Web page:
Fredericksburg has plenty to see and do. We chose to revisit The Nimitz Museum and National Museum of the Pacific War now that it has been expanded and remodeled. It's a fantastic museum, extremely well-done wth plenty of video and audio footage from WWII. It provides a chronological account of the war, beginning with the background of events that contributed to the war.
We especially enjoyed the oral history audios which are part of almost every exhibit. Since both my dad and John's served in World War II (his in the Pacific Theater), it's especially meaningful to us. We spent four hours there on Sunday and another three on Monday, and we still haven't seen everything. We highly recommend it to anyone visiting the area. In addition to the exhibits inside, the museum complex the grounds are surrounded by memorial walls with plaques like these honoring individuals, ships or military units that served in the Pacific during WWII. It also honors the ten US Presidents who served in the military during that conflict.
Another highlight of our trip was a visit to the LBJ State and National Historical Parks. (I can't believe we have lived in Austin all these years and have never visited them.) The parks are well-maintained, and feature an amazing look into the first "White House" outside of Washington, DC. Lady Bird Johnson used the ranch house up until her death, but it has now been opened to visitors. A tour of the home provided a glimpse into how the Johnson family lived on their lovely ranch.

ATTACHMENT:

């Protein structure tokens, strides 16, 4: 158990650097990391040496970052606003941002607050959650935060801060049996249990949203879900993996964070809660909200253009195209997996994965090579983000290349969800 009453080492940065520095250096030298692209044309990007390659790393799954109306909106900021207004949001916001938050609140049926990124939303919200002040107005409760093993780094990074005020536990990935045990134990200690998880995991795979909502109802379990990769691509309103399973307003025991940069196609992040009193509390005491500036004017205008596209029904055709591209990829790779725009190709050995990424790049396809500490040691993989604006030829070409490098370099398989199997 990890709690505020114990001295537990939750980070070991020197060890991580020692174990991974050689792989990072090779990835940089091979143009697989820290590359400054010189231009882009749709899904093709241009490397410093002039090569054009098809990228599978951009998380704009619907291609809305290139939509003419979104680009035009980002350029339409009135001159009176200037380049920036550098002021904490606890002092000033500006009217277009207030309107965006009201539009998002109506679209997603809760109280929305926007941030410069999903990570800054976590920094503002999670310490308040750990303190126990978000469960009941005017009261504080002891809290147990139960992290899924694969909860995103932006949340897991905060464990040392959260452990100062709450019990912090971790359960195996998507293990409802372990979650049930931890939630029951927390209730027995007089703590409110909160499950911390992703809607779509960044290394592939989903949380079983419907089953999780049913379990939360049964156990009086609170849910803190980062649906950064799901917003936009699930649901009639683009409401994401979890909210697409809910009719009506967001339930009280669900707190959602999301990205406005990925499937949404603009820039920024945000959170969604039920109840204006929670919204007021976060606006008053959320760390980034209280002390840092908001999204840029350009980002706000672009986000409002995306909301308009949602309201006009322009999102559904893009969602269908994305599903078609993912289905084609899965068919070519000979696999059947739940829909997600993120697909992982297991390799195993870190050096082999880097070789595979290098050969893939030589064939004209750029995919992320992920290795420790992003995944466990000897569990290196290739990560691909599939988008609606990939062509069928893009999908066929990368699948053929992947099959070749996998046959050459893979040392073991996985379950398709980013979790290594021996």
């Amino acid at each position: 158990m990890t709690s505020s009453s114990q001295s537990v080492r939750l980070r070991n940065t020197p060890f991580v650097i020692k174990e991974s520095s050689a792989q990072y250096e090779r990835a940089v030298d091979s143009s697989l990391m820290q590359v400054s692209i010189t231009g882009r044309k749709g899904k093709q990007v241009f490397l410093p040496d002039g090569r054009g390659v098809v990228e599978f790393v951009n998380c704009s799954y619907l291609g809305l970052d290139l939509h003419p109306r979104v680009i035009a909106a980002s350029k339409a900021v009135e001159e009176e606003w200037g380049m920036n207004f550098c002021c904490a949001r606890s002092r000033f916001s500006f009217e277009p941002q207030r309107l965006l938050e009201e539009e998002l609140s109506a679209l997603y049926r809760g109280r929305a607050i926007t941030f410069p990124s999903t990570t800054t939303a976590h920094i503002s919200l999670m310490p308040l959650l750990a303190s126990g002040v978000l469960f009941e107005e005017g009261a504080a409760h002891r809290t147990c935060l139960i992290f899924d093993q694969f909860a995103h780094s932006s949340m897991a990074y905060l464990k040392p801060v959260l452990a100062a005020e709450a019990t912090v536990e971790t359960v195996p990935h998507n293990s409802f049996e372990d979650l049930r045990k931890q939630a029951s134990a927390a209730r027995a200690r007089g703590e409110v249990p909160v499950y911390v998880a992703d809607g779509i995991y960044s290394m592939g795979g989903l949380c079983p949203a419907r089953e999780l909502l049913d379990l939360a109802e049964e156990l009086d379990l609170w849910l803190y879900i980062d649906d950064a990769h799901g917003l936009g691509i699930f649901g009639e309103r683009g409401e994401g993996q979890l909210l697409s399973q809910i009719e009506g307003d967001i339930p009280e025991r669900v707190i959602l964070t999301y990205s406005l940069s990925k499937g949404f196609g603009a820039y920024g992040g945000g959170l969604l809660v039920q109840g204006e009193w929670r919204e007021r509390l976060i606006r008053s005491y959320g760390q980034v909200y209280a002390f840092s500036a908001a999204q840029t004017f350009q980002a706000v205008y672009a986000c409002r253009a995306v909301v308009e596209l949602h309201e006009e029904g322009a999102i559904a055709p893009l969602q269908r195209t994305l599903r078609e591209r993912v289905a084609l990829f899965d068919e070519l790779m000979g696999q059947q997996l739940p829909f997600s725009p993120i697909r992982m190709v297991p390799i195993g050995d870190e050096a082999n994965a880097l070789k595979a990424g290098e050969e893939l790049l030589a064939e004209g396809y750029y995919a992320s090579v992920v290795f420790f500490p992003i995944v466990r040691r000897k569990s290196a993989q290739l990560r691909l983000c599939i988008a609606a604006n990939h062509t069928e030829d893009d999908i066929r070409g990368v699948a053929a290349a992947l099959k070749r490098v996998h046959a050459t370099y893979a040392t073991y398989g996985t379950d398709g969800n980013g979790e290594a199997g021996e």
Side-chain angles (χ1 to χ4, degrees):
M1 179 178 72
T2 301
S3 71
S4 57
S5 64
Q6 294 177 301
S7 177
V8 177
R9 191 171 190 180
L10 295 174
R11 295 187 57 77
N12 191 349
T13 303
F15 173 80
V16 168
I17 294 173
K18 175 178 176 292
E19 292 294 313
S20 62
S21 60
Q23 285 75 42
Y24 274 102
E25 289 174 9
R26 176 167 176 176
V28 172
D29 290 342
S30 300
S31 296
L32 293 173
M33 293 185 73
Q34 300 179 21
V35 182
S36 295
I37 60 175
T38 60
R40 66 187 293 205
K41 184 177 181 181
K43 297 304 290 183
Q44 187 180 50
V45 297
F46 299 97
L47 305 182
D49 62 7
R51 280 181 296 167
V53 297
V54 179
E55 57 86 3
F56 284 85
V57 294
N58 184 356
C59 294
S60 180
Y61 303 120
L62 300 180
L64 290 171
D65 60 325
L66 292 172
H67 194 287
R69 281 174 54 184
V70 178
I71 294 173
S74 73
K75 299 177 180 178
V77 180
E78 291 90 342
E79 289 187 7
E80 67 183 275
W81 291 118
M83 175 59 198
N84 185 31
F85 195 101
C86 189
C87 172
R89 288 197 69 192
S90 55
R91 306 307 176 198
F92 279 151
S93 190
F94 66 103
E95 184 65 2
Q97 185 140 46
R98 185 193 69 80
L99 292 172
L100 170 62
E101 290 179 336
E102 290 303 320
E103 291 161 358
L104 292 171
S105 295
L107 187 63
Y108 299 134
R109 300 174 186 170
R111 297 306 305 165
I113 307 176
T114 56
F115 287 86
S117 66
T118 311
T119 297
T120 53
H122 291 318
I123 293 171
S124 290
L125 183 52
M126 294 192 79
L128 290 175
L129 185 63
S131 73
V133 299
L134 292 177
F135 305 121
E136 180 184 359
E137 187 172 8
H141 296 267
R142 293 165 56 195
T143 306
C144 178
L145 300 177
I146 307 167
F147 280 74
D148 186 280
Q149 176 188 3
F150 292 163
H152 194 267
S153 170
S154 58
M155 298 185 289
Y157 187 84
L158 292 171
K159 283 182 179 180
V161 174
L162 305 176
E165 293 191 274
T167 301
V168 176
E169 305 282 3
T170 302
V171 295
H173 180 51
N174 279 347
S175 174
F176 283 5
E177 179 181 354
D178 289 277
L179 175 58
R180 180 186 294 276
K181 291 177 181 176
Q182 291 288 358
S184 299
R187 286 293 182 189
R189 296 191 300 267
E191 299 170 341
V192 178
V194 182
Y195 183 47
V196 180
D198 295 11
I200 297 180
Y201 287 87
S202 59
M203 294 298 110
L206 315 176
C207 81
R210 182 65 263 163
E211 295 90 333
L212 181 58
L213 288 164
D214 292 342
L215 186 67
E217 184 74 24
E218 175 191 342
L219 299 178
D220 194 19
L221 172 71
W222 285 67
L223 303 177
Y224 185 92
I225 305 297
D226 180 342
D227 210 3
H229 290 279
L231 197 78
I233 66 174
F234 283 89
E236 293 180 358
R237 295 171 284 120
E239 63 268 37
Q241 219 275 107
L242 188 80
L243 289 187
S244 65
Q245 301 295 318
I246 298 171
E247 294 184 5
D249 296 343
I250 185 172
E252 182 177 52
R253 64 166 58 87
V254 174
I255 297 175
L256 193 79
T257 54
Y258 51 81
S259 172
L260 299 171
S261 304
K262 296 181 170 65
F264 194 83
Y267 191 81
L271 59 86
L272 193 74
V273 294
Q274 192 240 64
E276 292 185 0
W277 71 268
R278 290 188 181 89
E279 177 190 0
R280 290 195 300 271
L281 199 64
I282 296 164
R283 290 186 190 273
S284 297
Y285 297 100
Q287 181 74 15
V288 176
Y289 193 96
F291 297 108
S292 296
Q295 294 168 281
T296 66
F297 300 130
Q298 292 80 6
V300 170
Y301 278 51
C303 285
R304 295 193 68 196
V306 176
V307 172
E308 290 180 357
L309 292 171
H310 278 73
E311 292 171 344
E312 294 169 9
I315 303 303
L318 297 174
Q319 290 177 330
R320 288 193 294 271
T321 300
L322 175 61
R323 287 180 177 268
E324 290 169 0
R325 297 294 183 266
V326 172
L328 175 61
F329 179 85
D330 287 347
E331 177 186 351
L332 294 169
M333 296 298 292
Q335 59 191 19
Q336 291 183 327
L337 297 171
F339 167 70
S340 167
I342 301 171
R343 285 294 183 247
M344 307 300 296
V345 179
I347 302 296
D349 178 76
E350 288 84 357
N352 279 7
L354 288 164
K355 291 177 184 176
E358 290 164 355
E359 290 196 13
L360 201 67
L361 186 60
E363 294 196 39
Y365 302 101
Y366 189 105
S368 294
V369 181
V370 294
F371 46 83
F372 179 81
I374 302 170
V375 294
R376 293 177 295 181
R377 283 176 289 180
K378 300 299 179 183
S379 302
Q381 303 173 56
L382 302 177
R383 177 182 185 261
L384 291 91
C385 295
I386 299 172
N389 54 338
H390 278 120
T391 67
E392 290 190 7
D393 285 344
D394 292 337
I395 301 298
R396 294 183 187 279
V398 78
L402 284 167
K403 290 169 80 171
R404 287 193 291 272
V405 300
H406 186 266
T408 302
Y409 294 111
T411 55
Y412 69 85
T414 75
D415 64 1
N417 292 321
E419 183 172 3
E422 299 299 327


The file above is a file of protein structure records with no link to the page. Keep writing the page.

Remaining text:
The 600-acre section of the ranch, which includes the family home, was given to the parks service by President Johnson. John was especially interested in the ranch tour, which included a visit with one of the stockmen who cares for the herd of registered Hereford cattle, some of which are shown here.
He explained that the herd is being managed to represent the smaller, more compact herefords that were popular in the 1960s when the Johnsons were actively operating the ranch, rather than the larger animals more characteristic today.
We also visited the Sauer-Beckman Living History Farm, which is part of LBJ State Park. The farm is being operated as it would have been in the late 1800s, up until about 1918. They raise their own vegetables and slaughter and process their own meat. Vegetables are canned, and meat is either smoked or preserved lard as it would have been at that time. Photos of the house and barn follow.